New Year celebrations to reign in a New Year with various religious customs, traditions and superstitions have followed many generations of tribes, civilizations, religious organizations and governments around the world; each hoping or praying for renewed hope, prosperity even luck in the year ahead.

According to,, New Year Celebrations and traditions have taken place for approximately four millennia. Historically the Babylonians were the first civilization to recognize the end of one year and the beginning of a new year.

The Babylonians acknowledged the beginning of a new year in March after the first full moon following the Vernal Equinox or Spring Equinox. In celebration religious festivities were held to worship and honor the mythical gods for the harvesting of Barley. Politically it was an important time for the King. At the beginning of each New Year it would be determined if the current ruling King would continue to reign or be renounced to new leadership.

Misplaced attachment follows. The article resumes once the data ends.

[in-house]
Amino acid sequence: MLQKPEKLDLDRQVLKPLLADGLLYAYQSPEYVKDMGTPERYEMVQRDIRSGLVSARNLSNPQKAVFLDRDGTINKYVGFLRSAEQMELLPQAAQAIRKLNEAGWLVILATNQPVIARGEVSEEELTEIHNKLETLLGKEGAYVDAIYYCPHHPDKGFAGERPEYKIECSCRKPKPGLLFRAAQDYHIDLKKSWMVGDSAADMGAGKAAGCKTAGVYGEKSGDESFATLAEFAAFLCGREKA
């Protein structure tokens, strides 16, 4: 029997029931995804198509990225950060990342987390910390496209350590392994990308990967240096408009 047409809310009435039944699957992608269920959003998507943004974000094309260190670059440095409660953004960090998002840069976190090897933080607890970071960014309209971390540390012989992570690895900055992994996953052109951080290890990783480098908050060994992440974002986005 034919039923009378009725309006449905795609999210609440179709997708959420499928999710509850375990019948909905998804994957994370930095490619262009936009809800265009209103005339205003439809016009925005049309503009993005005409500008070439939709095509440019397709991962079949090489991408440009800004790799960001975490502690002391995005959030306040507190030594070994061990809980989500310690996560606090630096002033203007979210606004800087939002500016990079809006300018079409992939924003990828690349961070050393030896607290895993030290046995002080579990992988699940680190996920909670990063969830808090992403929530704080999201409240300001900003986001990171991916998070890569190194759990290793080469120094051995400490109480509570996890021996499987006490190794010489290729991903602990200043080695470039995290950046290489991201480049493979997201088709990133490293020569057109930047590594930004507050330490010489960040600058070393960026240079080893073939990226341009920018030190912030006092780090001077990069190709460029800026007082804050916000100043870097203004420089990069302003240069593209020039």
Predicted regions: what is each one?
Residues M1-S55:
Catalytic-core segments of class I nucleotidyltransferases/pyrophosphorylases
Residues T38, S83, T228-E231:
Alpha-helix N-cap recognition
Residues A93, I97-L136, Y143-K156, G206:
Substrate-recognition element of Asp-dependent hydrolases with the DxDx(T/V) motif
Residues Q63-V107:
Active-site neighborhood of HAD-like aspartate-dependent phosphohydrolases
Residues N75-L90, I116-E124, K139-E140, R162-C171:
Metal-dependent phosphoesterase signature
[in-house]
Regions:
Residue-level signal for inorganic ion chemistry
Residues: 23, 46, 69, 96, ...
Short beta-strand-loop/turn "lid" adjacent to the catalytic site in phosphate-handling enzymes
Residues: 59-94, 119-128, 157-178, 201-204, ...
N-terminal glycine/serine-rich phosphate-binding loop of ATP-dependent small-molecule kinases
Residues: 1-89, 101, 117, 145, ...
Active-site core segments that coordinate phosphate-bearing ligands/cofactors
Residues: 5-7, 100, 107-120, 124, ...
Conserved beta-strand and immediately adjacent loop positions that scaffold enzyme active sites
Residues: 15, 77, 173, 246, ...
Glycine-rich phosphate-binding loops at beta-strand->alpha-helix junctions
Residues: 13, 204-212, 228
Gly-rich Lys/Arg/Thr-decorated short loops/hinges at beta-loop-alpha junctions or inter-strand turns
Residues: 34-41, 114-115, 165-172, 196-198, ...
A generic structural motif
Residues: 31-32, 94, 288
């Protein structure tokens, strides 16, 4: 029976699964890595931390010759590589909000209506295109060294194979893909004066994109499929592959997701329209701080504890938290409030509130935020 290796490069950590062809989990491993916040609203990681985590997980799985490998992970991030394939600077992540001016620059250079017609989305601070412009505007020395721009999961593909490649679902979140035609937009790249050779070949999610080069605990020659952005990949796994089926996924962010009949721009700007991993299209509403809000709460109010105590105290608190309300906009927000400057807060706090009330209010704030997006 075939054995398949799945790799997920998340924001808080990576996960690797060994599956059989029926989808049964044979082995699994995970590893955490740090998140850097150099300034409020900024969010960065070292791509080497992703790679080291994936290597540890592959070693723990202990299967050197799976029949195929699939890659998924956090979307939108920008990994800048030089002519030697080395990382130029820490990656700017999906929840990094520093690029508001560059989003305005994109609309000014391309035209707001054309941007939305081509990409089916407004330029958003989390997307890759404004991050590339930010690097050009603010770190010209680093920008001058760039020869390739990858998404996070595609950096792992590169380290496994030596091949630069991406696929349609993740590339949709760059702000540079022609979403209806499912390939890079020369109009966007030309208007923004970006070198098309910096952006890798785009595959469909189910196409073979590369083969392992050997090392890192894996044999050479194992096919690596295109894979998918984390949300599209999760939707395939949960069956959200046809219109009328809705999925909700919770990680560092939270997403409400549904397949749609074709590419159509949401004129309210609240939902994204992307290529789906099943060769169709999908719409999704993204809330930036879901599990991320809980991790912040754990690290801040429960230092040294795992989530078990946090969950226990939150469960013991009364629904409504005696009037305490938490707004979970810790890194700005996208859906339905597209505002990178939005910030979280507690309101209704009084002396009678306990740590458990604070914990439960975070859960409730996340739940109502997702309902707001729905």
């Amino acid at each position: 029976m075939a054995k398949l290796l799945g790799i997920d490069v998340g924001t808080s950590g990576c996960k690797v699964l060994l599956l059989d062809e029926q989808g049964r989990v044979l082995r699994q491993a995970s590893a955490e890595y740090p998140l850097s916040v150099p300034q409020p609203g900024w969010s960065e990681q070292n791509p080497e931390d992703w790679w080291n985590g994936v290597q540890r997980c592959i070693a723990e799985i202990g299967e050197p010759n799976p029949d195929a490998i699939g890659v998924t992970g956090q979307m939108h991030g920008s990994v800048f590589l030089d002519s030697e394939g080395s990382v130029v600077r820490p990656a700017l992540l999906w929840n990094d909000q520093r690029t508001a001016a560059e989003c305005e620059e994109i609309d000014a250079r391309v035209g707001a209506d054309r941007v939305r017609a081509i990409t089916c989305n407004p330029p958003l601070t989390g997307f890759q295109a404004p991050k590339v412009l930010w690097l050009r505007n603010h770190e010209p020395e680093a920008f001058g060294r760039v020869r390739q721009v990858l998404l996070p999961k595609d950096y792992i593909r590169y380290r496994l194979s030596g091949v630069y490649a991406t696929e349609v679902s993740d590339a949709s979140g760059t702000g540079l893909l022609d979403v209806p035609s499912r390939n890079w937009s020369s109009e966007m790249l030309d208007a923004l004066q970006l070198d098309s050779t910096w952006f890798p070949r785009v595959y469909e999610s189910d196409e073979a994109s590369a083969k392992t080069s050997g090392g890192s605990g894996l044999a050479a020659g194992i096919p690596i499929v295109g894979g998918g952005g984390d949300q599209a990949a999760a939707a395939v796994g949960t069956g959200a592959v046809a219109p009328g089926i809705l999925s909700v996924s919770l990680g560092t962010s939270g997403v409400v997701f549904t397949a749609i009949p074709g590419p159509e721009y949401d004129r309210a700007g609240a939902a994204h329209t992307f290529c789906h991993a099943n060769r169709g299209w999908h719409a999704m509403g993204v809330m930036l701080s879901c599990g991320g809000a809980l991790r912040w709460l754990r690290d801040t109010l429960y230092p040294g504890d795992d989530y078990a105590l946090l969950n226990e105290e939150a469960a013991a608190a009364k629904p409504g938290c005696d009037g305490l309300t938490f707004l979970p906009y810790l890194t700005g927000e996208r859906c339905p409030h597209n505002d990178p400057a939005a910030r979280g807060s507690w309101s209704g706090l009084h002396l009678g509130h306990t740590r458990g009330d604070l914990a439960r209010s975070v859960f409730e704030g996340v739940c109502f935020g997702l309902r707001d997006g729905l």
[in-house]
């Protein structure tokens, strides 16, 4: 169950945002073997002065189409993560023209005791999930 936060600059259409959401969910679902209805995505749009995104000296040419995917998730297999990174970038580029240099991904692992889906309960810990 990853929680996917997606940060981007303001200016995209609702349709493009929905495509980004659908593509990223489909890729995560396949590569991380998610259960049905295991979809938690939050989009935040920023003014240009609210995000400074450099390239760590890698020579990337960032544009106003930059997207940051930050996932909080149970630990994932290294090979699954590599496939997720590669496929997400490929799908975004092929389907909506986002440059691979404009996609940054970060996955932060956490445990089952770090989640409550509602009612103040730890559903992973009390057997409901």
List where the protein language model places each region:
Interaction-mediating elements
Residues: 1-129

Julius Caesar is credited for the Julian Calendar which closely resembles the calendar followed today.

Julius Caesar is credited for the Julian calendar and recognizing the start of a New Year at the beginning of the January month. This was a part of the reform he instituted during 46 B.C. The name of the first month of the year, January, was chosen to honor Janus, the Roman God of new beginnings.   Today we follow the Gregorian calendar, which closely resembles the Julian calendar.

During the time of Julius Caesar, Medieval European Christen leaders, decided to honor the birth of Christ, as Christians do today on December 25 of each year, a time period bringing forth new beginnings for Christians.

Pope Gregory XIII, in 1852, recognized the beginning of a New Year as a time to celebrate the coming of a new year, a new beginning on the first day of January.

Today, December 31, there will be celebrations to put an end, saying good-bye, to the 2016-year and on January 1, 2017 New Year celebrations…a new beginning!

Happy New Year

 -Tonya Steele